So far, molecular spreading in a single cilium was investigated within relatively small time window (e.g., <10 min) after the establishment of the WC recording configuration. Under such conditions, apparent spreading was found to be limited within 2–3-µm distance (Fig. 5 J). We also checked whether such limitation was kept for a long time during the recording because in a longer time window, soluble factors are assumed to be washed out from the cytoplasm. Especially, we examined the relation between a change in the current shape and the distance between two ROIs and the time after the rupture of patch membrane (Fig. 6 A). The current ratio was obtained as the ratio between the second response after the first stimulus and second response only (Fig. 6, B–E). We did not observe any cells in which the second response reduced with the presence of the first response. Therefore, it seemed likely that the adaptation was abolished in such conditions (Fig. 6 F). In two cells (violet and indigo bars in Fig. 6 F), cAMP spreading that was estimated from the summation of responses was again reduced at distance >2 µm, even after 25 min. Interestingly, however, we could observe in a cell (pink bar) that cAMP spreading was recognized as a response summation even at two stimulating points >2 µm, which was not observed at the early time window during the WC recording. The results suggested that soluble factors (Ca-CAM, Song et al., 2008, and/or phosphodiesterase [PDE]) are, at least in part, involved in the limitation of spreading because prolongation of the cAMP-induced response can at least be explained by the washout (and/or dysfunction) of such factors.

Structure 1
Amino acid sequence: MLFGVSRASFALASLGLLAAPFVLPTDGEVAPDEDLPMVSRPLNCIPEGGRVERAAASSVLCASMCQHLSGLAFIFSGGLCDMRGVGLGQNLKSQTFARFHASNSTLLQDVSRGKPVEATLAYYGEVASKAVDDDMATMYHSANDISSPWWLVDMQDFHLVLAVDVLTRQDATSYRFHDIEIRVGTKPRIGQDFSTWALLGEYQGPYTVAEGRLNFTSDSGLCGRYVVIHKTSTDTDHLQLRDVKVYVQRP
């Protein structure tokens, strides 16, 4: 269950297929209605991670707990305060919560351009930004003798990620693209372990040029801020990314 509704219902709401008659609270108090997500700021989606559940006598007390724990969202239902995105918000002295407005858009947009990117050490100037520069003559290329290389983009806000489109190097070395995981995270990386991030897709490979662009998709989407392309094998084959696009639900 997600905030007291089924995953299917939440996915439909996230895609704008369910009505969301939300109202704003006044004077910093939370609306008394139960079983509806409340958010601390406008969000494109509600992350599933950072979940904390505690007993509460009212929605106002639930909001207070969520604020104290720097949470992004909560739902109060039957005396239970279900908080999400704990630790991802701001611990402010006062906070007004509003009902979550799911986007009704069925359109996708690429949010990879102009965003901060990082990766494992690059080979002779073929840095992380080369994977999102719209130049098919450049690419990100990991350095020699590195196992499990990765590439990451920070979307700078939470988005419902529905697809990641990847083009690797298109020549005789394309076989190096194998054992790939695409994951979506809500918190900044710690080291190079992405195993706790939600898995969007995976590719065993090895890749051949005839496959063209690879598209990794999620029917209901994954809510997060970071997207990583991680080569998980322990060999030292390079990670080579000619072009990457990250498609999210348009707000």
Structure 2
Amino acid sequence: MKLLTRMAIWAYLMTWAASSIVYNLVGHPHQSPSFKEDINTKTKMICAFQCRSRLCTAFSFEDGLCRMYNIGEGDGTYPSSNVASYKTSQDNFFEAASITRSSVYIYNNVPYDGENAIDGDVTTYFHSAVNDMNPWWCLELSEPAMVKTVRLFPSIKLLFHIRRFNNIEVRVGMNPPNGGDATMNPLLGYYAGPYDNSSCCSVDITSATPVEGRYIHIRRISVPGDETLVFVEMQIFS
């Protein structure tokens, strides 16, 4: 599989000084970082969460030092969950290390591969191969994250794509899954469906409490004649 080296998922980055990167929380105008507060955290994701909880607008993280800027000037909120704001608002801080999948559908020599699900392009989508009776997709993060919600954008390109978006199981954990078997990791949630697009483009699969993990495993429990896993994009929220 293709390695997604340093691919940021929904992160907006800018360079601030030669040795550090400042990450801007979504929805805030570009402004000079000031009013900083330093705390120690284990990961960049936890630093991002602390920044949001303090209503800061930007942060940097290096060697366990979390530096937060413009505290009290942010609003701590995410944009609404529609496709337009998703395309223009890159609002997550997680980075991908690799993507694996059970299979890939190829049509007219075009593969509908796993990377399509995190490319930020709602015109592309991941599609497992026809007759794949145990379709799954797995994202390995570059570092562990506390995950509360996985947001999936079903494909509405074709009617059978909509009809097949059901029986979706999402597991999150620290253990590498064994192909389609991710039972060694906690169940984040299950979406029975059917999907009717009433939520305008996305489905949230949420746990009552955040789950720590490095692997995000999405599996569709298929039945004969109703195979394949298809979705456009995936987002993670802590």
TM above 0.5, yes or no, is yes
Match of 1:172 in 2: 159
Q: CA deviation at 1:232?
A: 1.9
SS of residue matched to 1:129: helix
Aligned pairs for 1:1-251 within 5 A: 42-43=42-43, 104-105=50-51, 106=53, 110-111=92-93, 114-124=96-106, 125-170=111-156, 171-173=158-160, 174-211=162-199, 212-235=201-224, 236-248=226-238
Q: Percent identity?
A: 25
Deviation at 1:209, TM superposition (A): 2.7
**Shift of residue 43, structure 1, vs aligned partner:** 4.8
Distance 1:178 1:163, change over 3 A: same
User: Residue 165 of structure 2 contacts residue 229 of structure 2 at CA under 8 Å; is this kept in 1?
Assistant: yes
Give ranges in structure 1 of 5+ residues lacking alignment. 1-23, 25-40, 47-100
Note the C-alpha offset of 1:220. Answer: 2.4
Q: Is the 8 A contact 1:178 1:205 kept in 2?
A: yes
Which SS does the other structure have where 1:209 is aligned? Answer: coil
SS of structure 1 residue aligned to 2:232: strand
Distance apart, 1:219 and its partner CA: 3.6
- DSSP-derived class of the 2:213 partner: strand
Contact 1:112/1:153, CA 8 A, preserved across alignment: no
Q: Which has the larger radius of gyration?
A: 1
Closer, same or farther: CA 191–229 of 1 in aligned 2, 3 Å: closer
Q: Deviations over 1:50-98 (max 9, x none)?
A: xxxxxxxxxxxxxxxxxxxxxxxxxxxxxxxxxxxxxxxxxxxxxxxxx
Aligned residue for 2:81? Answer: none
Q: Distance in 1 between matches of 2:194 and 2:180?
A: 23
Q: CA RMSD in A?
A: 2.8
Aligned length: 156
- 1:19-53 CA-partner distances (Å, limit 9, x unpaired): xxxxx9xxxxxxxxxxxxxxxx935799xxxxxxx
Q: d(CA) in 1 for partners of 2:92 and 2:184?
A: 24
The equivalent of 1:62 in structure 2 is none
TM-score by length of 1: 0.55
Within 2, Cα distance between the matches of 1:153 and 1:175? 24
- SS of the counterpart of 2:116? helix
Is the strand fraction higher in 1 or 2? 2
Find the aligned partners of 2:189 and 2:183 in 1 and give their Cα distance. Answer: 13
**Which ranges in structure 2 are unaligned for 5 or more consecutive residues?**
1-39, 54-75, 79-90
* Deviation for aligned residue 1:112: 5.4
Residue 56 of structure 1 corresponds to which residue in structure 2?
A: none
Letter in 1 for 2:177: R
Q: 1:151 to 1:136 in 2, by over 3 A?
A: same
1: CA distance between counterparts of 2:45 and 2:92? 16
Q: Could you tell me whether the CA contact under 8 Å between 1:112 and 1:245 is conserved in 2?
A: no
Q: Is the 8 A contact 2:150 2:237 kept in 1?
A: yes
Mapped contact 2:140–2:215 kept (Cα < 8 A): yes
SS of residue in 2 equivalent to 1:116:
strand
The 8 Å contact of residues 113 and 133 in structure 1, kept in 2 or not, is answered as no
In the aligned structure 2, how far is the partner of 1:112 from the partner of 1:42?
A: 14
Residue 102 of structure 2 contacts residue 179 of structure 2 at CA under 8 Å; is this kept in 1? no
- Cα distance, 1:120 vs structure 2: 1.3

Ca2+ diffusion in a fine glass capillary
As a control experiment, we measured Ca2+ diffusion in a thin glass capillary with ∼1-µm inner diameter. The capillary was filled with caged Ca and Fluo-4, and a local area of ∼1-µm diameter was illuminated by a UV laser (Fig. 7 A, arrow). The Ca2+ signal increased immediately after irradiation, after which it decreased rapidly at the stimulus center and spread laterally along the capillary (Fig. 7 B). The fluorescence distribution could be fitted by the Gaussian function (Fig. 8, A and B). By plotting σ2 against time (Fig. 8 C), we obtained the diffusion coefficient (D) of 440 ± 35 µm2/s (n = 11), which was in good agreement with standard DCa2+ (600 µm2/s; Hodgkin and Keynes, 1957; Blaustein and Hodgkin, 1969). In 1.8 ± 1.0 s (n = 5), the fluorescence became almost undetectable, which was much faster than WC responses, especially at long-lasting WC recording, or than the time needed for recovery from the adaptation. Therefore, we again recognized that the olfactory cilia have functions to extend the lifetimes of cAMP and Ca2+ effects.
Digital model for the random walk in the presence of binding sites
Longitudinal spreading of second messenger molecules in the olfactory cilia is highly likely to be strongly restricted, at least in physiologically reliable concentration ranges. There are several possibilities to explain how the spreading is limited in the smooth tubular structure. Cytoplasmic buffers and extrusion and cAMP and Ca2+ degradation will be at least in part responsible for the reduction of spreading of these molecules during their diffusion. In a previous work, however, Takeuchi and Kurahashi (2008) showed that the degree of adaptation and recovery time course with a stimulus onto a confined region did not change remarkably from those observed upon the entire-cilia stimulation (Kurahashi and Menini, 1997). It is puzzling why the cAMP response and Ca2+-dependent adaptation stay for >10 s even with a very confined stimulation; these molecules should quickly disappear if the rapid extrusion/degradation and buffers were the entire mechanism for restricted spreading.